Tuesday, April 16, 2019

April Recommendations


A CURSE SO DARK AND LONELY, by Brigid Kemmerer, is my favorite novel of the year, so far. It’s an inspired retelling of Beauty and the Beast, with Prince Rhen under a nasty curse that dooms him to repeat his eighteenth year over and over, until he finds a woman who can love him--even though he turns into a monster and kills any living thing in his path. Harper is the 327th such woman, brought over from “real world” Washington, DC, for Rhen’s last chance to save his kingdom. Harper is tough enough to change things up, and might just be the one, but that Enchantress and her curse are so strong… (YA)

DRY, by Neal Shusterman and Jarrod Shusterman, is another high concept story from the prolific National Book Award winner, writing here with his son. When Southern California taps run dry from prolonged drought, it doesn’t take long for social norms to break down. Sixteen-year-old Alyssa finds herself teaming up with Kelton, her Boy Scout--and survivalist—neighbor and classmate, trying to find her missing parents and keep ten-year-old brother Garrett safe when things get really crazy. It’s fast-paced and entertaining. (YA)

Picture Books:

I finally got a look at JULIÁN IS A MERMAID, by Jessica Love. Inspired by a book he’s reading--and three women on the subway--Julian decides he’s a mermaid. He uses his abuela’s flowers and window curtain to dress up and, rather than getting angry, she donates a strand of beads, then takes him join the rest of the mermaids in a parade. The watercolor, gouache, and ink illustrations are gorgeous and, aside from the uplifting themes, it’s a terrific look at how an artist can incorporate fantasy elements into an otherwise realistic setting.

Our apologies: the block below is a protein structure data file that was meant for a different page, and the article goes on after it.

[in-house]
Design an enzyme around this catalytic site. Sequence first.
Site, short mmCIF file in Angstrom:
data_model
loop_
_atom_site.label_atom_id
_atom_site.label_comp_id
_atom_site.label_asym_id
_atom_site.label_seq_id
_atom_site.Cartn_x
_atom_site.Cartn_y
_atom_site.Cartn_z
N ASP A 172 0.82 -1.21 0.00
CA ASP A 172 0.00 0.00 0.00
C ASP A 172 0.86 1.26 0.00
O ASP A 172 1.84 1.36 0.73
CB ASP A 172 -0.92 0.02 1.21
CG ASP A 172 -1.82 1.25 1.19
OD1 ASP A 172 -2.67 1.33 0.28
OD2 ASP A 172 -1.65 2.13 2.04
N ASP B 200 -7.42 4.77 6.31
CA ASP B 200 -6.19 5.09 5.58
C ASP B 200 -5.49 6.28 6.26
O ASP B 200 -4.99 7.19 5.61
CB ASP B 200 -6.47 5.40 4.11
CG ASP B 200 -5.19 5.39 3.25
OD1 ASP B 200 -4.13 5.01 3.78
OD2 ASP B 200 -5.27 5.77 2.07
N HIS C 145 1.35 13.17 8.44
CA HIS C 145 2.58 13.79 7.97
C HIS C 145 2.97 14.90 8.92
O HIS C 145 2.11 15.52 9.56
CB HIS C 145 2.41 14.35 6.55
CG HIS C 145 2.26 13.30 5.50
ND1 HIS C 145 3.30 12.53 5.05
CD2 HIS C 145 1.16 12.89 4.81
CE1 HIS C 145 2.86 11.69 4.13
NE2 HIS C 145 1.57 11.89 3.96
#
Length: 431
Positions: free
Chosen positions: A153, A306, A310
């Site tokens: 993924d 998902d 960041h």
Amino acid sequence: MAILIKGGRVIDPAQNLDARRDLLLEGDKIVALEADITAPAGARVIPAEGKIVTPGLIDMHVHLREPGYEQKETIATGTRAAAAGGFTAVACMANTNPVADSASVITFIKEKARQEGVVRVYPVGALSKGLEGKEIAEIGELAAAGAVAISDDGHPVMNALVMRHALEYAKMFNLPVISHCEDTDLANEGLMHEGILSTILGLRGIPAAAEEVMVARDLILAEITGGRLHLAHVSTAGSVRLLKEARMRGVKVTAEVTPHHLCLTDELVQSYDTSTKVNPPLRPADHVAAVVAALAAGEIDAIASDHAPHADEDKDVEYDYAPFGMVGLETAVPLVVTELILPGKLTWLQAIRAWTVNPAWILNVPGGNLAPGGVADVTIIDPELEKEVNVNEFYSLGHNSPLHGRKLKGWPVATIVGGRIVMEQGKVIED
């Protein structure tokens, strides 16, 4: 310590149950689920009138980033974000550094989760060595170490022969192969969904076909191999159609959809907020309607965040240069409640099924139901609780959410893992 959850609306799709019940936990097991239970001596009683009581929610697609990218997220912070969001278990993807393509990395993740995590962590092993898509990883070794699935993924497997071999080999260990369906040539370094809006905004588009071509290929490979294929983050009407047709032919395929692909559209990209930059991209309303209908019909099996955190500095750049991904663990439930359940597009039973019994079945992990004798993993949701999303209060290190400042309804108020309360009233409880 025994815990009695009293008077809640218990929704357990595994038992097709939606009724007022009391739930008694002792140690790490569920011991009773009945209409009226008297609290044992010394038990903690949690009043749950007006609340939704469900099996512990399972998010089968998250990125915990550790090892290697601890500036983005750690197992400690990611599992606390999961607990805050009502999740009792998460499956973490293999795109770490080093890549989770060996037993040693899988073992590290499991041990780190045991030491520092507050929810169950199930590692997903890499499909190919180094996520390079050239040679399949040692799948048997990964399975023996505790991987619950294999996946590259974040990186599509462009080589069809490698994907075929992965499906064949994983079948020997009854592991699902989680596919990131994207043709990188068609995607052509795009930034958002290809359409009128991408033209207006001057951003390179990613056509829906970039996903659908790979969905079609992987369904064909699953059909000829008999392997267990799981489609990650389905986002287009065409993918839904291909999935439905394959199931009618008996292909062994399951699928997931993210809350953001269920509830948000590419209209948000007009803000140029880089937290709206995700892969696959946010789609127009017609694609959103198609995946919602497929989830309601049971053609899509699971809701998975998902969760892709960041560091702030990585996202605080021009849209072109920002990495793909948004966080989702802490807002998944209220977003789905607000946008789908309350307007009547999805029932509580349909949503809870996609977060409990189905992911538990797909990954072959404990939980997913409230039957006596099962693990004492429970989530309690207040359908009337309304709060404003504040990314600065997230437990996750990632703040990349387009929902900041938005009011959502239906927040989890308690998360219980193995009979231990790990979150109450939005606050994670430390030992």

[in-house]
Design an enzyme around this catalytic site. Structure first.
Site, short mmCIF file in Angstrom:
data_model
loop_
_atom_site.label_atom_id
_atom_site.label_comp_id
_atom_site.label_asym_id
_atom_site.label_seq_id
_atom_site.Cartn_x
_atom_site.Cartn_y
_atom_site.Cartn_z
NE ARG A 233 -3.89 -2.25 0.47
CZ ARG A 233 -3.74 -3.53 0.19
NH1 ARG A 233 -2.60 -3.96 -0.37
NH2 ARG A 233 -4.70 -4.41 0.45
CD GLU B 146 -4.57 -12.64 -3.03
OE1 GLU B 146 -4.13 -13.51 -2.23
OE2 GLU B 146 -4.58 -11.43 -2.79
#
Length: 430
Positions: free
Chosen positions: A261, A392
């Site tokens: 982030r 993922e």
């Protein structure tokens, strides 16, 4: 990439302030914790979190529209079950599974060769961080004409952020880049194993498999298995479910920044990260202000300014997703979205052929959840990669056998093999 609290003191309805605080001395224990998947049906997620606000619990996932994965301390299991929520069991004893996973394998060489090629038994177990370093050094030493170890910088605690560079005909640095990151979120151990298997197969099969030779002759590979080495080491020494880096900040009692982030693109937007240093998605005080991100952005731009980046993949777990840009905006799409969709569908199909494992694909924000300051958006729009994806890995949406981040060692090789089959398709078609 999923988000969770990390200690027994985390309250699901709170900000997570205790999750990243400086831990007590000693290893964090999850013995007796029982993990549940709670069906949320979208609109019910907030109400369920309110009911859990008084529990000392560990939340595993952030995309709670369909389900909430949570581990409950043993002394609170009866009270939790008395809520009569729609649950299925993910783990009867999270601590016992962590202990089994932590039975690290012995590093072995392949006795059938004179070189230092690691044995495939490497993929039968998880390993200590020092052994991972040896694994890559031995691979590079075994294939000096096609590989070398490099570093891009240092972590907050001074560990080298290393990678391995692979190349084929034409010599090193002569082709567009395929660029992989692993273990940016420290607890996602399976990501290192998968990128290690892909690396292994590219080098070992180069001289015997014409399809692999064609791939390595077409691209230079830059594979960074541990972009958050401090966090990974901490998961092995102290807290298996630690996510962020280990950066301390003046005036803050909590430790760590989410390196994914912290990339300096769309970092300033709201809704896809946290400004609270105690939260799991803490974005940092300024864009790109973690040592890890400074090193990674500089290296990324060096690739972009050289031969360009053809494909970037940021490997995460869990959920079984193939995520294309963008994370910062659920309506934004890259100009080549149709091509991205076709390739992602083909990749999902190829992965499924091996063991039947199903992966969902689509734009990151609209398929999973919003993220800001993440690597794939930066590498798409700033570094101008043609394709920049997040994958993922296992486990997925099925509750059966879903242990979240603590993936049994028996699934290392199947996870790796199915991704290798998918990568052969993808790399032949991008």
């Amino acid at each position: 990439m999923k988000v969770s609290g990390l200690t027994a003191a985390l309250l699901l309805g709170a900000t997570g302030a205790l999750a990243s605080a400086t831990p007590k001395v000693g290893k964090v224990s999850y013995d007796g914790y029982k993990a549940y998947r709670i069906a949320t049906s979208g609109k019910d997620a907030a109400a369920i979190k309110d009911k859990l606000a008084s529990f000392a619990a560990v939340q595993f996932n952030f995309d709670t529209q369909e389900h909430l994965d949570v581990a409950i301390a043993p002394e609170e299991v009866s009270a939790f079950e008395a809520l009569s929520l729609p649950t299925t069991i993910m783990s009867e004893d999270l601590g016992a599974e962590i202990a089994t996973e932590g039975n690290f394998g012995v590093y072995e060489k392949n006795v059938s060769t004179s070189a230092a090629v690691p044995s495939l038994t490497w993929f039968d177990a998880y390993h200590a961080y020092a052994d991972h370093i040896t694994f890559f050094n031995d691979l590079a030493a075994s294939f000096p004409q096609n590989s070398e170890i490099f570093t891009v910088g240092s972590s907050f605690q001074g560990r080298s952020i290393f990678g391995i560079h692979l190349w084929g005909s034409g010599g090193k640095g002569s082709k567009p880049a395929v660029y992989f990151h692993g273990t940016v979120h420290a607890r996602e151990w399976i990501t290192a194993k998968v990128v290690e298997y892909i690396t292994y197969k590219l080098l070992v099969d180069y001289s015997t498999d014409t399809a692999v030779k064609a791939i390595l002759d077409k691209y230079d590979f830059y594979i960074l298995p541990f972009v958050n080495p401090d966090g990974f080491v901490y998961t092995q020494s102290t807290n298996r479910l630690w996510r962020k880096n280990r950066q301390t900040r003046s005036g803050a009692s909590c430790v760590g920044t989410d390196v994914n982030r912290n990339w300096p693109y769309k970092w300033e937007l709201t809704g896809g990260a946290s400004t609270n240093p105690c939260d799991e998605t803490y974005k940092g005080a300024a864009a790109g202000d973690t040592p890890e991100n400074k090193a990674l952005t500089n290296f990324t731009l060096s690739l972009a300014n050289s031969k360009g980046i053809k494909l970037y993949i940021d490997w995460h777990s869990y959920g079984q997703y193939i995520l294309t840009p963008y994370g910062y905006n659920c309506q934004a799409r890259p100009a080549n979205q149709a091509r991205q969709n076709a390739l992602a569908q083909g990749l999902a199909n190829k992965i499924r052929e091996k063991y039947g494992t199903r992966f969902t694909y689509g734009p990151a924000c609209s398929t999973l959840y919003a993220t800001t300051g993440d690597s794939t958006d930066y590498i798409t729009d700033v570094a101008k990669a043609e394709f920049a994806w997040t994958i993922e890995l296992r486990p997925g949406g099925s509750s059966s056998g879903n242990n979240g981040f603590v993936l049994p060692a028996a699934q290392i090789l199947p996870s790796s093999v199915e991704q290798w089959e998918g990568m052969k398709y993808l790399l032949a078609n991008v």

In KITTEN AND THE NIGHT WATCHMAN, written by John Sullivan and illustrated by Taeeun Yoo, we follow the watchman as he leaves his family and drives to work, where he “makes his rounds, alone.” The night gets a little less solitary when a stray kitten joins him. The digital art makes great use of color and perspective to bring this gentle story—featuring plenty of construction equipment--to life.

THE VERY IMPATIENT CATERPILLAR, by Ross Burach, is how The Very Hungry Caterpillar might act if he gobbled his way through entirely too much sugar. THIS caterpillar wants metamorphosis to happen right away, and finds it extremely difficult to "let nature take its course.” Plenty of scientific facts are woven into the text, which is presented solely using speech bubbles, and the comical art will keep kids laughing as they learn.

In WHEN SPRING COMES TO THE DMZ, Uk-Bae Lee cycles through the seasons of this singular place, contrasting the innocence and beauty of the natural world with the sadness of the “razor wire fence,” and the "warships from South Korea and North Korea [that] face off in the sea near the island.” A boy and his grandpa visit throughout the year, and Grandpa gazes across the land, wishing he could just go home.


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